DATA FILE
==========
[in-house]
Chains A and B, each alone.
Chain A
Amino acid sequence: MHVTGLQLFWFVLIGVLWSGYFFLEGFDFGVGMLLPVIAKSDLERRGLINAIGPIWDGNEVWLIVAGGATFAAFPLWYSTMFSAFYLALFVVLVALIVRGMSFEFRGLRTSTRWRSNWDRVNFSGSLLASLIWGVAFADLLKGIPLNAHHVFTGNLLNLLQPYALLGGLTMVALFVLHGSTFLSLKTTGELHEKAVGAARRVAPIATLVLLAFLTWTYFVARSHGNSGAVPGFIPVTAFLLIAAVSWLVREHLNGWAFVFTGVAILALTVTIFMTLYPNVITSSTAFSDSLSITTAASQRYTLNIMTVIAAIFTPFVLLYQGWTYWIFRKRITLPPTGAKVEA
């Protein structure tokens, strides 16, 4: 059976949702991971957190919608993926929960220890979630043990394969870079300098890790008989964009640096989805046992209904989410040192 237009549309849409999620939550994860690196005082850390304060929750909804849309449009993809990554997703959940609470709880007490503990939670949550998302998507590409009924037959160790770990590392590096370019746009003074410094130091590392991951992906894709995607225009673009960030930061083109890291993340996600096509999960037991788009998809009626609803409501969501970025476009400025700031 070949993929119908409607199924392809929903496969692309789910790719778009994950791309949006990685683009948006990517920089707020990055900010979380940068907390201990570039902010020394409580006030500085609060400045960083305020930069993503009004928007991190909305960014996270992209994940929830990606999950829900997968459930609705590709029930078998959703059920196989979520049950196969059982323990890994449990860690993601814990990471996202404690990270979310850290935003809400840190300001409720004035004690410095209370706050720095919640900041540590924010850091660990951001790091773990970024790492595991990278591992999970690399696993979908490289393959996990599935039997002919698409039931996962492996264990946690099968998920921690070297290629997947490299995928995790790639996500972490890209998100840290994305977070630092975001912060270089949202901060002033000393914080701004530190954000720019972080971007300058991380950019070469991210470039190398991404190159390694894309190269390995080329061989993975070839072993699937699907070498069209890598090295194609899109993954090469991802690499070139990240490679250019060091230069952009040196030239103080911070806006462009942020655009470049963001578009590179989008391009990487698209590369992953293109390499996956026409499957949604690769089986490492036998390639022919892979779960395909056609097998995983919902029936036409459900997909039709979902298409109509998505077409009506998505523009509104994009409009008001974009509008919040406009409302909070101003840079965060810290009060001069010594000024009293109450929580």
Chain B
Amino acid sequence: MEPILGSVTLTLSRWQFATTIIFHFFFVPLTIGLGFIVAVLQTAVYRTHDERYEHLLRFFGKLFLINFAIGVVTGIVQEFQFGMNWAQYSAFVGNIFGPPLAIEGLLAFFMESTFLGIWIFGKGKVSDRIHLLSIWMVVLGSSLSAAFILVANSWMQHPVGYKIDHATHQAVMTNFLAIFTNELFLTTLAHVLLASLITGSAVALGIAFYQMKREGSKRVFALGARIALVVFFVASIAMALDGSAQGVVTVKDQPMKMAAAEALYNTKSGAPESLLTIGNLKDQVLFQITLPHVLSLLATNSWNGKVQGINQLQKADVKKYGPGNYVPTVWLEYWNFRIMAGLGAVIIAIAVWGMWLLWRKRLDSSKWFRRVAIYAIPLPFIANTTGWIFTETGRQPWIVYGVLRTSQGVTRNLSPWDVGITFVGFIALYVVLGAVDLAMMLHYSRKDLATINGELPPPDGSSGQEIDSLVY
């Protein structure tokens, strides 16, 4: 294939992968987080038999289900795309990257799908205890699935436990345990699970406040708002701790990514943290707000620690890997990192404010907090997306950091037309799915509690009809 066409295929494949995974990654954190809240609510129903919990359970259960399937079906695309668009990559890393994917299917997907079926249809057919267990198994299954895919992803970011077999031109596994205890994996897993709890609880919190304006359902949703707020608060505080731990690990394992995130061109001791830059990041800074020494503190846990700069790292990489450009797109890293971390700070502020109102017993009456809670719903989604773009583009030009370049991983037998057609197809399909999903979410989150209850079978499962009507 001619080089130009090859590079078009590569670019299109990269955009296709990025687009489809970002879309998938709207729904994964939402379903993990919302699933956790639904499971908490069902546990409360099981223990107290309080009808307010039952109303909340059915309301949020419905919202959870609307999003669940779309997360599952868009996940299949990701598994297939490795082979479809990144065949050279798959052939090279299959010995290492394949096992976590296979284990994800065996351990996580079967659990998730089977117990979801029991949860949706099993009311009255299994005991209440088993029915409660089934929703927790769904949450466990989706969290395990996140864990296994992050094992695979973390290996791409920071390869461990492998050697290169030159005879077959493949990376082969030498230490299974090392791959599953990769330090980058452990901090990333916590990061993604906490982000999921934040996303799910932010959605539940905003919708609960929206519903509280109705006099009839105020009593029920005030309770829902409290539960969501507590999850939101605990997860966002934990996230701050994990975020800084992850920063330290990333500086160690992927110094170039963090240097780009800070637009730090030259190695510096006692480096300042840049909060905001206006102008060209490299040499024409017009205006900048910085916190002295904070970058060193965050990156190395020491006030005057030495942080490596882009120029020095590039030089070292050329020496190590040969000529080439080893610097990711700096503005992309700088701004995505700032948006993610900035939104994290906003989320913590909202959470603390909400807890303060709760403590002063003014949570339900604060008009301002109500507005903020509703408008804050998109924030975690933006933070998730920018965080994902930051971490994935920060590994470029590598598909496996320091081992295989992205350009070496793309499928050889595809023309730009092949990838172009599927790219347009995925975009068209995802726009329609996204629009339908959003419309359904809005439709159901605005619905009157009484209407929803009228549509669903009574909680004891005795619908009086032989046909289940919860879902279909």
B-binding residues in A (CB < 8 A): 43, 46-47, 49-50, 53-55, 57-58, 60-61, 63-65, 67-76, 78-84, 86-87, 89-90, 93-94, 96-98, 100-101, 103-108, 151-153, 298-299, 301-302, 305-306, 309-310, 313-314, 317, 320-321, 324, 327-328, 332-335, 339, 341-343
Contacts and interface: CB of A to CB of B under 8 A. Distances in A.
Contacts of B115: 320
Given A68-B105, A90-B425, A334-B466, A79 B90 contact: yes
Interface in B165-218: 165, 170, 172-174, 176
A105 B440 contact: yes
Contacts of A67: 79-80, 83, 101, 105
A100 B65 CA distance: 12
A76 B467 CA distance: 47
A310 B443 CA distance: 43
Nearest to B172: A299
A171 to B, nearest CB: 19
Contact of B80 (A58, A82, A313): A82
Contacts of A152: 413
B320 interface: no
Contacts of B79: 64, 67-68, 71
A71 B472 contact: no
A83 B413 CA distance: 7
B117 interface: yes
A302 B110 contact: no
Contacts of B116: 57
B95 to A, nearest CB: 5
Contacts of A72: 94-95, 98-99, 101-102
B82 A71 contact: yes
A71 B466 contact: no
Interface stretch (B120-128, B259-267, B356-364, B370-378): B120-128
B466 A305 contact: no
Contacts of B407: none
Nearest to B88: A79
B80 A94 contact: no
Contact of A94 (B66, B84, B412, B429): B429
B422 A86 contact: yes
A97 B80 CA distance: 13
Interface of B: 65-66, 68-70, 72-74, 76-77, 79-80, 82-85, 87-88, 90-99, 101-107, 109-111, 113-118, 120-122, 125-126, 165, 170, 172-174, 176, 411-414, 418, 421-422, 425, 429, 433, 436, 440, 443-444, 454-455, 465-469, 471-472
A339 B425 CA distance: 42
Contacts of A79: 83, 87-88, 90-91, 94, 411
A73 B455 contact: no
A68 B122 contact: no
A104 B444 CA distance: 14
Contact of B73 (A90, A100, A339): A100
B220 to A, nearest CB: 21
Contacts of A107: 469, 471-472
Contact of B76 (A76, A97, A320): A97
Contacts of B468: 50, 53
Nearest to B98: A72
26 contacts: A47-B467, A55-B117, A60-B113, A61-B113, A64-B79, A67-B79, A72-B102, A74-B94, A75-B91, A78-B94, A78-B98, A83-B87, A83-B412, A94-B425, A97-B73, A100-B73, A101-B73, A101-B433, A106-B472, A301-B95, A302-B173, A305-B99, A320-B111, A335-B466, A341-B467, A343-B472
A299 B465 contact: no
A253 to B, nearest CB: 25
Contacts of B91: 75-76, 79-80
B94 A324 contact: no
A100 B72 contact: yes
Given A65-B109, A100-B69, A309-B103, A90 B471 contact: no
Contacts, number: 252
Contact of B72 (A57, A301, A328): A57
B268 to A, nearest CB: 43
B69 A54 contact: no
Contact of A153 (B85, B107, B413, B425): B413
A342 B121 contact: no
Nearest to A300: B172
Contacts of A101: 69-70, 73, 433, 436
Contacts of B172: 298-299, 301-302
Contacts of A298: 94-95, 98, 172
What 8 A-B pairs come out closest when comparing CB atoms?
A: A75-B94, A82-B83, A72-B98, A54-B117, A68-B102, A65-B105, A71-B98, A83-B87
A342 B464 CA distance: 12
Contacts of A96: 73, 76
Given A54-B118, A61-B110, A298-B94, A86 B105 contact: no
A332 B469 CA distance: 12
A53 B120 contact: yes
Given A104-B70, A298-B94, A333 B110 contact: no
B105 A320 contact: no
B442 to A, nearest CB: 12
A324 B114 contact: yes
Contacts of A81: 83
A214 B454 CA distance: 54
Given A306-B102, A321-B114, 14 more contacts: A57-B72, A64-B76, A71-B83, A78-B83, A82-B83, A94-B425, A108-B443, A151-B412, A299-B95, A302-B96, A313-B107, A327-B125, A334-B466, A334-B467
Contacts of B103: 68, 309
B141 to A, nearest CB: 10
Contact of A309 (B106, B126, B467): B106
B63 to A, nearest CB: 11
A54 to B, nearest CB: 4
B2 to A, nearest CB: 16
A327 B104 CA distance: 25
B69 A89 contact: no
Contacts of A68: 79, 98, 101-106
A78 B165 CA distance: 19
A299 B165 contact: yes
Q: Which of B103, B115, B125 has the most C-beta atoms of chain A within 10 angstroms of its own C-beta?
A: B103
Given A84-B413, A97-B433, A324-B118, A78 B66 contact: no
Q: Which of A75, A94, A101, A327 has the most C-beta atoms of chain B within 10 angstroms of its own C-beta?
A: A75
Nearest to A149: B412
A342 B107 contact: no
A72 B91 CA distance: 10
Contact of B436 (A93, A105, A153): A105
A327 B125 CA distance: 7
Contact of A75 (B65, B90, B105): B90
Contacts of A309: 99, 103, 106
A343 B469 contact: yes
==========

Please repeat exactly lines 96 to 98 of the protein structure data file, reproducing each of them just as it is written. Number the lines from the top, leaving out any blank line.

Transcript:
Q: Which of B103, B115, B125 has the most C-beta atoms of chain A within 10 angstroms of its own C-beta?
A: B103
Given A84-B413, A97-B433, A324-B118, A78 B66 contact: no